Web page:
Aluminum awnings are a lightweight, long-lasting, and incredibly durable way to keep sunlight out of your home, reducing your energy bills while leaving you feeling cooler. But when the paint on your awning starts to wear, it can begin to look faded, shabby, and unattractive. Even worse, chipped, flaking, or cracked paint leaves the aluminum vulnerable to corrosion, which can eventually destroy your awning. Repainting your awnings can help improve their appearance and extend their life span.
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Clean the Awning
Awnings get dirty after sitting outdoors all the time. If you paint directly on dirt and debris, your paint job won't just look bad — it will also flake off in no time. That's why it's important to clean the awning prior to painting. First, remove any planters, flags, or other decorations that may be secured to the awning to get them out of the way. Then, combine a mild dish detergent and water in a bucket and using an extendable scrub brush to gently remove any dirt or debris. Rinse the awnings clean with a hose.
If you notice any mold, moss, or mildew left behind, create a solution of 50 percent bleach and 50 percent water in a squirt bottle. Spray the solution on the growths and then gently scrub with a scrub brush before rinsing well to remove any bleach residue.
Prepare for Painting
Use a 180-grit sandpaper to remove any cracked, peeling, or otherwise damaged paint. Sandpaper can also be used to smooth out any rough areas so they are even with the rest of the surface. While primer will usually adhere well to aluminum awnings, if the existing paint has a high-gloss finish, it will need to be gently sanded so the primer has something to which it can cling. Just gently and evenly sand the surface until it loses its luster. After sanding, go over the surface with a damp microfiber cloth to remove any remaining dust and then allow the awning to fully dry.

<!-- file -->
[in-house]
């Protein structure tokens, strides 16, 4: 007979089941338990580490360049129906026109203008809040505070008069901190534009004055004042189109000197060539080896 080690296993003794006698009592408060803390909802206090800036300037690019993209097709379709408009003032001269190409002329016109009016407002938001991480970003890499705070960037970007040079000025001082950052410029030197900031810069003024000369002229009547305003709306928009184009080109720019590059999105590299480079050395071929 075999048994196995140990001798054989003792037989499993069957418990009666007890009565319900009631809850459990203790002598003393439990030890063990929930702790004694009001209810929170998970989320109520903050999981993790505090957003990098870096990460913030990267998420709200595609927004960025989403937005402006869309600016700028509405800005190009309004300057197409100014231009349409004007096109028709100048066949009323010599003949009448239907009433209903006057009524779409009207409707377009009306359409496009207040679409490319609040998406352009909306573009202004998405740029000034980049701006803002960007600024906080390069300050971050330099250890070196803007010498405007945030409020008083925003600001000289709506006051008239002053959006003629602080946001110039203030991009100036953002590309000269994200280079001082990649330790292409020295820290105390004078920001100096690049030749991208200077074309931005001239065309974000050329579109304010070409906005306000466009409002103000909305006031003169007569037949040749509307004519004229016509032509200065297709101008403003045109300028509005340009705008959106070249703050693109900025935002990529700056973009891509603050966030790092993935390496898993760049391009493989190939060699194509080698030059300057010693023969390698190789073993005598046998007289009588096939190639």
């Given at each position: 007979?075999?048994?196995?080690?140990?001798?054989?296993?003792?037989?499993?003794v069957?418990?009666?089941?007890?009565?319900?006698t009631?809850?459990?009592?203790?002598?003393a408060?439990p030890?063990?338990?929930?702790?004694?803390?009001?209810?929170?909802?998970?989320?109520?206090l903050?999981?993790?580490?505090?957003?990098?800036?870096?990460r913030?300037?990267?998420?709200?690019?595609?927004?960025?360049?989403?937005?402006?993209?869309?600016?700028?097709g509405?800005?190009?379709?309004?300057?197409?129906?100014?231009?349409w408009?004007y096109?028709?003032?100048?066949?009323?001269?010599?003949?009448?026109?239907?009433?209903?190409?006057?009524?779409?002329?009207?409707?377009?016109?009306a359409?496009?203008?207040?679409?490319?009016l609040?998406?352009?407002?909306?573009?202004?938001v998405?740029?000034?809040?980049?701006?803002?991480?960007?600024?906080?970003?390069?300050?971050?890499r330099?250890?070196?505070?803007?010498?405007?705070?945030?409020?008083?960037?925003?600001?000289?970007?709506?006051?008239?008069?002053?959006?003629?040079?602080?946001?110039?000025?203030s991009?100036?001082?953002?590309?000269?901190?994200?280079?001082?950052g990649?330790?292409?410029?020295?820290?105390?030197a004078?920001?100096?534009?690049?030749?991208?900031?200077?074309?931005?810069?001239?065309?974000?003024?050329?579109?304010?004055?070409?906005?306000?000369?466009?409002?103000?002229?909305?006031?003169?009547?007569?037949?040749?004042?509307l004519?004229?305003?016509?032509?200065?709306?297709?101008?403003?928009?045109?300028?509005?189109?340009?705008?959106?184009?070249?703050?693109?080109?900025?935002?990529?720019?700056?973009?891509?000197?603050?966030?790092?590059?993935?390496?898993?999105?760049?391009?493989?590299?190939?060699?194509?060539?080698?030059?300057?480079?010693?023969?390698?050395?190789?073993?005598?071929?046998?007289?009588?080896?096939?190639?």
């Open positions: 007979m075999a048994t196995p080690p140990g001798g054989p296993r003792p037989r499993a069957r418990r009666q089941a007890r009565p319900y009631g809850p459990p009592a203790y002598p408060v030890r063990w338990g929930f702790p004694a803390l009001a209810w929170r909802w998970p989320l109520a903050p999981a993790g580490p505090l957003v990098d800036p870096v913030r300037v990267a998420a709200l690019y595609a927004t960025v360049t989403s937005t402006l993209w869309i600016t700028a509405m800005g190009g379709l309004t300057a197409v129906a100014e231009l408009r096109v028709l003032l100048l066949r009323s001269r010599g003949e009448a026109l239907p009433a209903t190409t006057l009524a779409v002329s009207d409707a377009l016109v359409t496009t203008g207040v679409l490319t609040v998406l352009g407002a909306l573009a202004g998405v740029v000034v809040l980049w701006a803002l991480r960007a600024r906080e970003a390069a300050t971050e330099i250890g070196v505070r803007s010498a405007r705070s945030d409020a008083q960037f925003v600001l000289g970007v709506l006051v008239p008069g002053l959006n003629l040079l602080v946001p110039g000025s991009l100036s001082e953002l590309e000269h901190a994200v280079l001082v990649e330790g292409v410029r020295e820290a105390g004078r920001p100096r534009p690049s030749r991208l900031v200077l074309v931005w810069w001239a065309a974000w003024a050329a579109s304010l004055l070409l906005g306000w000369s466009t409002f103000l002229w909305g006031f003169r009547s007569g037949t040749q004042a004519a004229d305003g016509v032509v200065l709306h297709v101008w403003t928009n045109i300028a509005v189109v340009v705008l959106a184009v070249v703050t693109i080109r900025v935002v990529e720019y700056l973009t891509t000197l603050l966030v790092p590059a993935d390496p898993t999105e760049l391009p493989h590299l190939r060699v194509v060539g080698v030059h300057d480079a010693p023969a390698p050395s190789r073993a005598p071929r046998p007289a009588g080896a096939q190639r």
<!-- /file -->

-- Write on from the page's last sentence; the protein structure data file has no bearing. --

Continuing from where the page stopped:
Use a Primer
Primer will help ensure the paint will better last under the harsh outdoor weather conditions and will help reduce the number of coats of paint you will need, particularly if you intend to apply a lighter color on a darker awning. Tape off any areas beside the awning that you do not want to paint using a high-quality painter's tape. Lay a drop cloth underneath the awning to catch any drips.
Use an oil-based primer, spraying it evenly along the surface of the awning. Never use latex-based primer on aluminum since it contains ammonia, which can cause a chemical reaction with aluminum. This will ruin your paint job. Allow the primer to dry overnight before applying paint.
Apply Your Paint
To make painting as easy as possible, use an acrylic paint designed for use on metal in an airless sprayer to avoid brush strokes and drips. Hold the sprayer about a foot away from the awning and apply the paint in long, even strokes, going side to side from the top down. Allow the paint to fully dry before applying a second coat.
Finally, apply an oil-based enamel topcoat to protect the paint from weather exposure and the metal from corrosion.